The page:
Run down the middle, making a right turn at the bottom and head for the big eddy against the river right wall to set up for the final drop of the rapid. A hole can develop at the base at higher flows, so ferry out high, get some speed, and angle left as you go off the drop.

The final rapid of any real size is Flag Pole, a bumpy, rock-filled rapid that pours into the river left wall and curves to the right as it bounces down for 20 yards or so. It's easy to scout this rapid from the center island. A diagonal hole at the top just begs you to drop in so it can surf you river right. To avoid the hole, enter the rapid tight against the river left wall, and work towards the middle of the rapid, taking care not to fall off into the far river-left seam. At the bottom you can line up for a super-sweet boof over the final ledge.

The Doe is comparable to the Lower Little River(TN) in difficulty, although slightly more congested in some areas, but not as continous. There is calmer water after every major rapid, but has a great deal more strainer hazards. Again, please note that at levels above 1000 cfs the Doe is very continuous, more similar to the Cheoah at 1500.


Scout all rapids you can't see the bottom of as this river can be heavy with strainers. Almost all rapids can be boat scouted, although scouting "Body Snatcher" from the river left bank is advisable. Two major piles of trees exist in the river, the first one located as you come around the bend 1 mi. downstream from the put-in. This clogs the left half of the river. The river right route is "Bear Cage" rapid and should be scouted for log jams before running. You can do this from your boat. The second major pile is located midway through the run and also occupies the left half of the river. Be very careful here, leave plenty of time to make your way past, as the water here is always very shallow and it's easy to get off line. Pinning possibilites abound on the Doe, especially at water levels below 500 cfs.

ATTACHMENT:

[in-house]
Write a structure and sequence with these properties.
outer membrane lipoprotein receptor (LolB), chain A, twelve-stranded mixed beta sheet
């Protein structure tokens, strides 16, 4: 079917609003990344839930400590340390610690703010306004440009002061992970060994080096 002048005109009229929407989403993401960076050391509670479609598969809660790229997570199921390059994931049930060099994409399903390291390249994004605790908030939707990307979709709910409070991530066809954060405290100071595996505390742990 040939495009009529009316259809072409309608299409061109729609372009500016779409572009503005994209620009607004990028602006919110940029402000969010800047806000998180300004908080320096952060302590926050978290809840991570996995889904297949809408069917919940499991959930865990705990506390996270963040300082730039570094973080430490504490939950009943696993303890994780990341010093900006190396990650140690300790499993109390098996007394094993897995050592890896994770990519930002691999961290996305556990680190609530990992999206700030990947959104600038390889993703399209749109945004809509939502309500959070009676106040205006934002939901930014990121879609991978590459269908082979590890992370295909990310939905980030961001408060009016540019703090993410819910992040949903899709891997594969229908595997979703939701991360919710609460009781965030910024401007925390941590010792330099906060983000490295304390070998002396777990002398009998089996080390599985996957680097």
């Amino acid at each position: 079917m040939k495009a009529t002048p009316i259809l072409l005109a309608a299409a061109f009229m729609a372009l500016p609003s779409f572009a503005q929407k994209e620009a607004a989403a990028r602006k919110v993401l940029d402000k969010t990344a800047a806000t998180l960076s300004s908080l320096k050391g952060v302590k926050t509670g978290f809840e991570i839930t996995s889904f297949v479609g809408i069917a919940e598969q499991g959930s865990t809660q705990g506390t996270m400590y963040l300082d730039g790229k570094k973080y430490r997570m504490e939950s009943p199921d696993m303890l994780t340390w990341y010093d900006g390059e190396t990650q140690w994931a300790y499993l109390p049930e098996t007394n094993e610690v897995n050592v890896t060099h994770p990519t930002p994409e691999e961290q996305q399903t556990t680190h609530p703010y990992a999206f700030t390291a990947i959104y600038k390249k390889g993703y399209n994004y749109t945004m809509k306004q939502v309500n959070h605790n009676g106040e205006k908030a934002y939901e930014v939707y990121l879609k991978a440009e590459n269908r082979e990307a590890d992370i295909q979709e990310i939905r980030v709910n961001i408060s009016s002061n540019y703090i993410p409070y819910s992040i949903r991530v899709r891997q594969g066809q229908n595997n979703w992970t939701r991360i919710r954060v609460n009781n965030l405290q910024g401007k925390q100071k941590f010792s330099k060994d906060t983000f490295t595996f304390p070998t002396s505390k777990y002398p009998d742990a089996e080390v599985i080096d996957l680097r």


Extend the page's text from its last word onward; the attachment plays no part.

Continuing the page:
A creekboat is nice but as long as there is a little volume up front, any kind of boat should be able to make the run. Shorter canoes in experienced hands are good to go also. Use your judgement here, paddle what you are comfortable in.

Put-in and Take-out:

The put-in for the Doe run described here is reached by taking US 19E to Bear Cage Road just outside of Blevins, TN. There is a bridge on Bear Cage Rd with parking for a few cars. If there is no space, do not block the dirt driveway. This is private property, the landowner is very gracious, but understandably not appreciative of boaters blocking access to his property! Shuttle vehicles to the take-out, where there is plenty of parking. The take-out is back on US 19E where the bridge crosses the Doe River near Hampton (north towards Hampton.) Some use the area immediately downstream of the 19E bridge, but ample parking is available on the upstream side of the bridge in the grass field at Hampton High School (be mindful of changing and post boating activities as this is school property).